I’ve recently heard that word, “revival,” repeated again and again at Methodist gatherings and meetings. And it made me wonder: What does the revival (or renewal) we long for in The United Methodist Church look like?
At the heart of revival, of course, is change. The hopes of a revival is to provide space for a spiritual change to occur in someone’s life. But if being Christian teaches us anything, it’s that change must be BOTH internal AND external. In other words, if change is to take hold in our lives, then nothing remains the same.
So if we believe this applies to individuals, and that such a change is essential to live a faithful life, doesn’t it also apply to our churches and systems of being church? In other words, when we pray for revival in the church, do we take to heart the need for change to take hold in EVERY aspect of our lives together, including the very ways we go about being church?
When we pray for revival or renewal in the church, are we willing to hear God’s voice calling us to change, even if it means radically changing the ways we organize, build and use buildings, and relate to each other and the world around us? Organizational management and change consultant, Margaret Wheatley, reminds us, “Change always involves a dark night when everything falls apart. Yet if this period of dissolution is used to create new meaning, then chaos ends and new order emerges.” If you’re an active leader in the church, I think you’d probably agree we’re experiencing a “dark night” as membership and attendance continues to decline. And we can mourn the loss of “the good ‘ol days” when people just magically showed up at our churches and everyone organized their lives around a Sunday that included worship and three meetings, bible studies, or circle gatherings throughout the week or we can offer ourselves to the change God is calling us to even if that means relinquishing those idols of how we’ve been church for so long now.
What sort of change is God calling your church or district or annual conference to embark on? How are you being called to do things differently for the sake of God’s mission? Margaret Wheatley offers us more wisdom: “In spite of current ads and slogans, the world doesn’t change one person at a time. It changes as networks of relationships form among people who discover they share a common cause and vision of what’s possible.”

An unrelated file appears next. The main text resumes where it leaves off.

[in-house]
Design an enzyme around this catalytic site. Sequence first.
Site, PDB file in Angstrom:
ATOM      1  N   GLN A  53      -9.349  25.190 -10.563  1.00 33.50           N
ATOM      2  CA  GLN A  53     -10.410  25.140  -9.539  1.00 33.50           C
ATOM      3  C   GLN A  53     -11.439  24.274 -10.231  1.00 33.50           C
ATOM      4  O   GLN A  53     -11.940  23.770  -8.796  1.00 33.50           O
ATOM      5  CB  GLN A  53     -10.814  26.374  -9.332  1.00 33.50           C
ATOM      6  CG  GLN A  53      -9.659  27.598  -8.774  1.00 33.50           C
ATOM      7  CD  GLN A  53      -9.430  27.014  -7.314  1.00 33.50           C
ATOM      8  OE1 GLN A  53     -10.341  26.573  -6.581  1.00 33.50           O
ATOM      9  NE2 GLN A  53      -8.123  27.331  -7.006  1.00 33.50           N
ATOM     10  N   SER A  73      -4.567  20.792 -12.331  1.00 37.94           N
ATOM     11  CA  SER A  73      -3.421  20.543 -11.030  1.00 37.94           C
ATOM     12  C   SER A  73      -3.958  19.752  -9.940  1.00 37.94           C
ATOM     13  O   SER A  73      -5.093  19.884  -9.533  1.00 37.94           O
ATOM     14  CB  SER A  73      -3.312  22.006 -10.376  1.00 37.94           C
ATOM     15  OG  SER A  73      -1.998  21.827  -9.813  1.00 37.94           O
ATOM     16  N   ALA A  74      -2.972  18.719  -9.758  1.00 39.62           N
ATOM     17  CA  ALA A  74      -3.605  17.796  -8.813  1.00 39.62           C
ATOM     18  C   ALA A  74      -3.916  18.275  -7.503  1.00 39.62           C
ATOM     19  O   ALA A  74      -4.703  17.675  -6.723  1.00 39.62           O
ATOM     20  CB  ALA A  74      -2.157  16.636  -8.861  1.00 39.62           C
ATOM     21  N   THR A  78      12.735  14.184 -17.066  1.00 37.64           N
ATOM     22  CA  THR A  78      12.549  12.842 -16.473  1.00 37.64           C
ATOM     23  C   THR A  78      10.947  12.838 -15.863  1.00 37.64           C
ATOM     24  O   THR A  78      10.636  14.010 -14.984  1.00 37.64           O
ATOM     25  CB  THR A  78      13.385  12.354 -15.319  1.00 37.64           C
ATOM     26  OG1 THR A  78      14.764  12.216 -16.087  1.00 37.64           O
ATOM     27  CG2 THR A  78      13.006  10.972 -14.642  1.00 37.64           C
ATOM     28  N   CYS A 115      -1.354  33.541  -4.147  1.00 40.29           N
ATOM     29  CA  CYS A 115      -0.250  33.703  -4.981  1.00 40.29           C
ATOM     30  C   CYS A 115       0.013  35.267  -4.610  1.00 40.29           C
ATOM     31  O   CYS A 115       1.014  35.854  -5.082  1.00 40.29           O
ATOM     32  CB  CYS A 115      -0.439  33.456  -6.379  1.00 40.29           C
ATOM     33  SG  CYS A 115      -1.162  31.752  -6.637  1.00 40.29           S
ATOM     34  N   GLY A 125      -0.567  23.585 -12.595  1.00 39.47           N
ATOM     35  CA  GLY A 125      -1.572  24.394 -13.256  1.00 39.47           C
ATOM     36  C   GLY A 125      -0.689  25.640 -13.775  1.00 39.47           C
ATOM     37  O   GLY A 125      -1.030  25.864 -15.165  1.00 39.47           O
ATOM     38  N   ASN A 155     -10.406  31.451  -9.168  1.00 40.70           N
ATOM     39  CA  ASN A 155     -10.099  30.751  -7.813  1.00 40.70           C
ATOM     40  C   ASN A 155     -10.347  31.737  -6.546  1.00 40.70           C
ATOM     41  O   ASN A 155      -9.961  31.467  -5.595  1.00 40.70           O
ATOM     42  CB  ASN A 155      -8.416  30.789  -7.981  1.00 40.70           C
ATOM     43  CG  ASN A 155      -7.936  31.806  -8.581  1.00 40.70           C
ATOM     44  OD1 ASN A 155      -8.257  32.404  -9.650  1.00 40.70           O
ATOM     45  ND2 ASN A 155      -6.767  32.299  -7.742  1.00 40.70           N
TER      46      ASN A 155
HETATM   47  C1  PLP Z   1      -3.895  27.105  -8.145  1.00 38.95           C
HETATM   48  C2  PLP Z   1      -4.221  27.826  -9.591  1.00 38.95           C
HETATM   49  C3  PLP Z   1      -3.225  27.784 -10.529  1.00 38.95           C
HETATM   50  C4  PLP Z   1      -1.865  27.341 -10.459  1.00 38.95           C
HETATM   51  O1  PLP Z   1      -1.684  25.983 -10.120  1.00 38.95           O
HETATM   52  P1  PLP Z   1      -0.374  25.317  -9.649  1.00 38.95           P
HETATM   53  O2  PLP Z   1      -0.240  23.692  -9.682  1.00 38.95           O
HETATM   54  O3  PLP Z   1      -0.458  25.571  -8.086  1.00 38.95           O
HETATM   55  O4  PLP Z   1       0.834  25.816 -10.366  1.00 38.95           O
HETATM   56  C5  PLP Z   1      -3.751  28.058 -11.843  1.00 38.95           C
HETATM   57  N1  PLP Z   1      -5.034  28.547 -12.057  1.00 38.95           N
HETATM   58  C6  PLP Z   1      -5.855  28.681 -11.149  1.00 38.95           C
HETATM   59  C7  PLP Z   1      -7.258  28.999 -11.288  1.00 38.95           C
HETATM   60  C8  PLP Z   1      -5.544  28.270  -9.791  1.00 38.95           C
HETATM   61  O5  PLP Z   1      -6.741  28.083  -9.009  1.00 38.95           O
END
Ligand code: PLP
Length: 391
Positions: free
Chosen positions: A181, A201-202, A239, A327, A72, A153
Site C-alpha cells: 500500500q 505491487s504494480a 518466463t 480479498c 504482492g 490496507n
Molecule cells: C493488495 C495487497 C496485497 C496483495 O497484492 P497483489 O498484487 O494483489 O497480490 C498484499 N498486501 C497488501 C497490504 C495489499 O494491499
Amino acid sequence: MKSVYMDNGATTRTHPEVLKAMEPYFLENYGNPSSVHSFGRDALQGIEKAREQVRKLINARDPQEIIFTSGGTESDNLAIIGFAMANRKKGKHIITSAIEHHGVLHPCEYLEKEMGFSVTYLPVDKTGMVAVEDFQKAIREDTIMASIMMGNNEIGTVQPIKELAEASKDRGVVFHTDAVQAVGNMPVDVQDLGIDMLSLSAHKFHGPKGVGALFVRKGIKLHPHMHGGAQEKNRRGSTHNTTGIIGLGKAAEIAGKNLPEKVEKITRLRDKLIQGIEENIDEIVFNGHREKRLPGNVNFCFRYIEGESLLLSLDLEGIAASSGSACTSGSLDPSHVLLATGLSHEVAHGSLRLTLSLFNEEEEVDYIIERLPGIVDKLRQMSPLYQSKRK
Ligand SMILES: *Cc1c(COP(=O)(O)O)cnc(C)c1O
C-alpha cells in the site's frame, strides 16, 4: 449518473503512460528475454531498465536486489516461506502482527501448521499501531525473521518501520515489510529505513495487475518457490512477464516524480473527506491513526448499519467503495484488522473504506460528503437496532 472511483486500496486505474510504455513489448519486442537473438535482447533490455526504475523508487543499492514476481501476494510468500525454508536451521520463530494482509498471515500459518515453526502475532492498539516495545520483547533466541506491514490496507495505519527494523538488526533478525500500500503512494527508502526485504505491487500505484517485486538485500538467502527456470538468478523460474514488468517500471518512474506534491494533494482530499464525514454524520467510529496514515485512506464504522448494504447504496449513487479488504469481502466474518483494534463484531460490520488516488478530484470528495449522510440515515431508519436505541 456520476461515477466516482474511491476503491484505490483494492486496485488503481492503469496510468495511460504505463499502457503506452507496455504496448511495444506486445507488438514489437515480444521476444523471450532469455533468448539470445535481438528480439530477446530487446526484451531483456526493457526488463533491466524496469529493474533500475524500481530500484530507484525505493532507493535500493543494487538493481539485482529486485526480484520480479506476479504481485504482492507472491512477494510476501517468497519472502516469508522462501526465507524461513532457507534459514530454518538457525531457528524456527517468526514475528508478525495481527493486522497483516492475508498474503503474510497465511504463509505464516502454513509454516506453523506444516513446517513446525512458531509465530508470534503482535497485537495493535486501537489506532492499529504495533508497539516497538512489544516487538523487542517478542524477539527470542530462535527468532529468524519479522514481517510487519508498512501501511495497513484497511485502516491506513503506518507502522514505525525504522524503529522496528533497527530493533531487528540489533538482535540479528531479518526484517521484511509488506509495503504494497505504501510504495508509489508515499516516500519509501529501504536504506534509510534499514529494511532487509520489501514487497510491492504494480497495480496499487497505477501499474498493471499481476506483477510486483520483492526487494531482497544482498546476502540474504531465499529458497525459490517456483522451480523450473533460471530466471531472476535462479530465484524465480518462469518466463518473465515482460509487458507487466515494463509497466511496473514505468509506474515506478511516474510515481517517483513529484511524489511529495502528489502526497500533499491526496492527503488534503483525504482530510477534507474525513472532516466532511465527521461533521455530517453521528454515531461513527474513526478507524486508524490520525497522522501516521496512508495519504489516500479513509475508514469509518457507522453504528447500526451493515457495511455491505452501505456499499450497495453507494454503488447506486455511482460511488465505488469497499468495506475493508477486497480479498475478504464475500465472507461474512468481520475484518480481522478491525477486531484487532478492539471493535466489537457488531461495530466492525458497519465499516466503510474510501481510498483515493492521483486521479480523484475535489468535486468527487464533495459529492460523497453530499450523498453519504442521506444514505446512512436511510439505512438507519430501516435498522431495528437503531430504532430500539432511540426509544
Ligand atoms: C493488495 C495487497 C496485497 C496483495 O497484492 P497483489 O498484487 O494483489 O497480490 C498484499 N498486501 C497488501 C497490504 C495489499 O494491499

Maybe God is calling us yet again to articulate a common vision. If you’re a United Methodist, then you’re probably already shouting at your computer screen, “To make disciples of Jesus Christ for the transformation of the world!” Yeah, but how? The creation of a mission statement does not ensure that mission happens, even if people memorize the phrasing. The how question is the true kicker for churches and our denomination – How will we go about being a faithful church to the mission of connecting people to the good news of Jesus Christ in such a way that lives are changed on an ongoing and continual basis? And maybe the how question also leads us to an important distinction – Are we about the business of living into God’s mission or are we about the business of building and playing church?
A couple things should jump out:
First, in order to go about this mission in a 21st Century world we can NOT use 19th or 20th Century methods. For example, building buildings as a sign of success is something the church has done for centuries. And now as we experience a season of decline, we’re saddled with the burdens of buildings that are way too big and way too expensive to keep up. If a 21st Century world is more migratory less tied to buildings, then why do we insist on continuing to build buildings or do everything in our power to fill the ones we have?
Secondly, the very nature of mission insists that we move – move out of our buildings, move out of our aging ways of doing things, move out of our comfort zones. If mission calls us to move out, why do we spend so much time and energy trying to get people to come in to where we already are? The act of counting weekly attendance and membership might have something to say about the affect worship has on the life of a local church, but it says very little about what people do after they leave the worship service. Why not spend more time connecting with the community around us instead of just supplanting and sequestering people off into our buildings. God is doing amazing things outside of our churches and we really ought to take notice.
I guess maybe I’m trying to ask this: If we pray for the revival of the church, are we praying for a season of change in EVERY sense of the word, or are we just praying for things to go back to the way they once were when we had more butts in seats, dollars in the bank, and people who centered their lives on the well being preserving our buildings and programs?
Needless to say, that’s a question that I hope will continue to haunt us at every turn.